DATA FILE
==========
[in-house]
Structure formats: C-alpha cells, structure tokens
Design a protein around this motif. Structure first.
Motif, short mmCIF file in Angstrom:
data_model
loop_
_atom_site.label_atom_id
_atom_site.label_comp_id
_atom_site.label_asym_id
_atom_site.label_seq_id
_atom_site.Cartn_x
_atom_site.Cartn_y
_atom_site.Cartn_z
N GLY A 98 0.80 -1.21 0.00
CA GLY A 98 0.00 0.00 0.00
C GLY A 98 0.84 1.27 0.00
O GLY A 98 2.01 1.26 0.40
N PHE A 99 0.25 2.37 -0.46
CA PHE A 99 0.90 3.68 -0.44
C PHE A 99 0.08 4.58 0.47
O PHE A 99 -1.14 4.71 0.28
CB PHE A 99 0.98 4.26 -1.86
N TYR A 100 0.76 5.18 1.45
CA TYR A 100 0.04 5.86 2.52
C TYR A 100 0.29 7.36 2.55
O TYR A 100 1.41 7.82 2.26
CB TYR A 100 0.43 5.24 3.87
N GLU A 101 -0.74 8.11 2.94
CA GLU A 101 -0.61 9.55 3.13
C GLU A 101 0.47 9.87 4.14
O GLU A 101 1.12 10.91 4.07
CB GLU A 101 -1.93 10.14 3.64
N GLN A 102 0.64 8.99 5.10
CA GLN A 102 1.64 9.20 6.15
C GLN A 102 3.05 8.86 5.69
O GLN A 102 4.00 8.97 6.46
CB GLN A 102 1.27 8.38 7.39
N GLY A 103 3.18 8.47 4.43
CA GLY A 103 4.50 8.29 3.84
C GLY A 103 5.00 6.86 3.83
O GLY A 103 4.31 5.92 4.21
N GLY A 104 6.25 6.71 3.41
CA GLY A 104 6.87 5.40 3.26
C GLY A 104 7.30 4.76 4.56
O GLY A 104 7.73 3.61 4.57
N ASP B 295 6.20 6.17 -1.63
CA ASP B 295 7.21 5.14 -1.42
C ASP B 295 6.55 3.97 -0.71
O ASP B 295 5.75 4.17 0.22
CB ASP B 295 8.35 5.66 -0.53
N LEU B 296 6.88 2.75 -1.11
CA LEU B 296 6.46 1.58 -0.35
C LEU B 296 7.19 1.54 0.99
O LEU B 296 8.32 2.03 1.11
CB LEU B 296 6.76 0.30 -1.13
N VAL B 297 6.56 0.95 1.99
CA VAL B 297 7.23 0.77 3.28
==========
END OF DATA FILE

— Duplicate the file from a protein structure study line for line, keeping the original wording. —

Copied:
[in-house]
Structure formats: C-alpha cells, structure tokens
Design a protein around this motif. Structure first.
Motif, short mmCIF file in Angstrom:
data_model
loop_
_atom_site.label_atom_id
_atom_site.label_comp_id
_atom_site.label_asym_id
_atom_site.label_seq_id
_atom_site.Cartn_x
_atom_site.Cartn_y
_atom_site.Cartn_z
N GLY A 98 0.80 -1.21 0.00
CA GLY A 98 0.00 0.00 0.00
C GLY A 98 0.84 1.27 0.00
O GLY A 98 2.01 1.26 0.40
N PHE A 99 0.25 2.37 -0.46
CA PHE A 99 0.90 3.68 -0.44
C PHE A 99 0.08 4.58 0.47
O PHE A 99 -1.14 4.71 0.28
CB PHE A 99 0.98 4.26 -1.86
N TYR A 100 0.76 5.18 1.45
CA TYR A 100 0.04 5.86 2.52
C TYR A 100 0.29 7.36 2.55
O TYR A 100 1.41 7.82 2.26
CB TYR A 100 0.43 5.24 3.87
N GLU A 101 -0.74 8.11 2.94
CA GLU A 101 -0.61 9.55 3.13
C GLU A 101 0.47 9.87 4.14
O GLU A 101 1.12 10.91 4.07
CB GLU A 101 -1.93 10.14 3.64
N GLN A 102 0.64 8.99 5.10
CA GLN A 102 1.64 9.20 6.15
C GLN A 102 3.05 8.86 5.69
O GLN A 102 4.00 8.97 6.46
CB GLN A 102 1.27 8.38 7.39
N GLY A 103 3.18 8.47 4.43
CA GLY A 103 4.50 8.29 3.84
C GLY A 103 5.00 6.86 3.83
O GLY A 103 4.31 5.92 4.21
N GLY A 104 6.25 6.71 3.41
CA GLY A 104 6.87 5.40 3.26
C GLY A 104 7.30 4.76 4.56
O GLY A 104 7.73 3.61 4.57
N ASP B 295 6.20 6.17 -1.63
CA ASP B 295 7.21 5.14 -1.42
C ASP B 295 6.55 3.97 -0.71
O ASP B 295 5.75 4.17 0.22
CB ASP B 295 8.35 5.66 -0.53
N LEU B 296 6.88 2.75 -1.11
CA LEU B 296 6.46 1.58 -0.35
C LEU B 296 7.19 1.54 0.99
O LEU B 296 8.32 2.03 1.11
CB LEU B 296 6.76 0.30 -1.13
N VAL B 297 6.56 0.95 1.99
CA VAL B 297 7.23 0.77 3.28